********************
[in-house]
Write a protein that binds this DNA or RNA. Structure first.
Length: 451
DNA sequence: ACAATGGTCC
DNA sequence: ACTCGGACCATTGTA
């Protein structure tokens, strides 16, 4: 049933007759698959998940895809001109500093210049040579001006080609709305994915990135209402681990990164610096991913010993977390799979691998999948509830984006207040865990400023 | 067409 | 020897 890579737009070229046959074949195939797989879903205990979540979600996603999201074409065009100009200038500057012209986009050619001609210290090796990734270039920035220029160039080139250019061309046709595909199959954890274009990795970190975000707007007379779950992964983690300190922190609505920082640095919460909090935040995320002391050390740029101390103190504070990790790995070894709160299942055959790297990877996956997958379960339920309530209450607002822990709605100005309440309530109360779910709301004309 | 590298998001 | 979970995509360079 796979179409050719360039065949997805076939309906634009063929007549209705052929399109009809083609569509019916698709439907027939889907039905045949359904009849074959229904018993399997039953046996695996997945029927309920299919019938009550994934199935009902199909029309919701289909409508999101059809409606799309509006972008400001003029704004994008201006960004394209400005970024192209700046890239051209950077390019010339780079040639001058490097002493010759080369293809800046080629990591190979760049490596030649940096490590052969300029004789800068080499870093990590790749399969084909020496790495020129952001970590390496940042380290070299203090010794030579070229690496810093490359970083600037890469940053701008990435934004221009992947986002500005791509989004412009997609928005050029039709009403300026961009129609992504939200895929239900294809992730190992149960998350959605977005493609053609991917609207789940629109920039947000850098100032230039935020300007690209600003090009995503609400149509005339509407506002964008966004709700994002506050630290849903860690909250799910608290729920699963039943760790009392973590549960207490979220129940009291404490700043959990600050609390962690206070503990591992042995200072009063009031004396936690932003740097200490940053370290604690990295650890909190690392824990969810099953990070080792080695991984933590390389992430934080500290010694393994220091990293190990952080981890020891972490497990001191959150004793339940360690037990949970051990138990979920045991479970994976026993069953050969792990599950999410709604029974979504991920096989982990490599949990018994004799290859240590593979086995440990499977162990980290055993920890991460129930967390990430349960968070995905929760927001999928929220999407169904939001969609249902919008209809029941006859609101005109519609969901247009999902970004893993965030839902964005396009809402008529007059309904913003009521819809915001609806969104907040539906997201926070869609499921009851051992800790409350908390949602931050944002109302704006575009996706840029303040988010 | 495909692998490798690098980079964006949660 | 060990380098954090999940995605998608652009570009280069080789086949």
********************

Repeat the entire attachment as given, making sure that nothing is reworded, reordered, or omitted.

[in-house]
Write a protein that binds this DNA or RNA. Structure first.
Length: 451
DNA sequence: ACAATGGTCC
DNA sequence: ACTCGGACCATTGTA
């Protein structure tokens, strides 16, 4: 049933007759698959998940895809001109500093210049040579001006080609709305994915990135209402681990990164610096991913010993977390799979691998999948509830984006207040865990400023 | 067409 | 020897 890579737009070229046959074949195939797989879903205990979540979600996603999201074409065009100009200038500057012209986009050619001609210290090796990734270039920035220029160039080139250019061309046709595909199959954890274009990795970190975000707007007379779950992964983690300190922190609505920082640095919460909090935040995320002391050390740029101390103190504070990790790995070894709160299942055959790297990877996956997958379960339920309530209450607002822990709605100005309440309530109360779910709301004309 | 590298998001 | 979970995509360079 796979179409050719360039065949997805076939309906634009063929007549209705052929399109009809083609569509019916698709439907027939889907039905045949359904009849074959229904018993399997039953046996695996997945029927309920299919019938009550994934199935009902199909029309919701289909409508999101059809409606799309509006972008400001003029704004994008201006960004394209400005970024192209700046890239051209950077390019010339780079040639001058490097002493010759080369293809800046080629990591190979760049490596030649940096490590052969300029004789800068080499870093990590790749399969084909020496790495020129952001970590390496940042380290070299203090010794030579070229690496810093490359970083600037890469940053701008990435934004221009992947986002500005791509989004412009997609928005050029039709009403300026961009129609992504939200895929239900294809992730190992149960998350959605977005493609053609991917609207789940629109920039947000850098100032230039935020300007690209600003090009995503609400149509005339509407506002964008966004709700994002506050630290849903860690909250799910608290729920699963039943760790009392973590549960207490979220129940009291404490700043959990600050609390962690206070503990591992042995200072009063009031004396936690932003740097200490940053370290604690990295650890909190690392824990969810099953990070080792080695991984933590390389992430934080500290010694393994220091990293190990952080981890020891972490497990001191959150004793339940360690037990949970051990138990979920045991479970994976026993069953050969792990599950999410709604029974979504991920096989982990490599949990018994004799290859240590593979086995440990499977162990980290055993920890991460129930967390990430349960968070995905929760927001999928929220999407169904939001969609249902919008209809029941006859609101005109519609969901247009999902970004893993965030839902964005396009809402008529007059309904913003009521819809915001609806969104907040539906997201926070869609499921009851051992800790409350908390949602931050944002109302704006575009996706840029303040988010 | 495909692998490798690098980079964006949660 | 060990380098954090999940995605998608652009570009280069080789086949």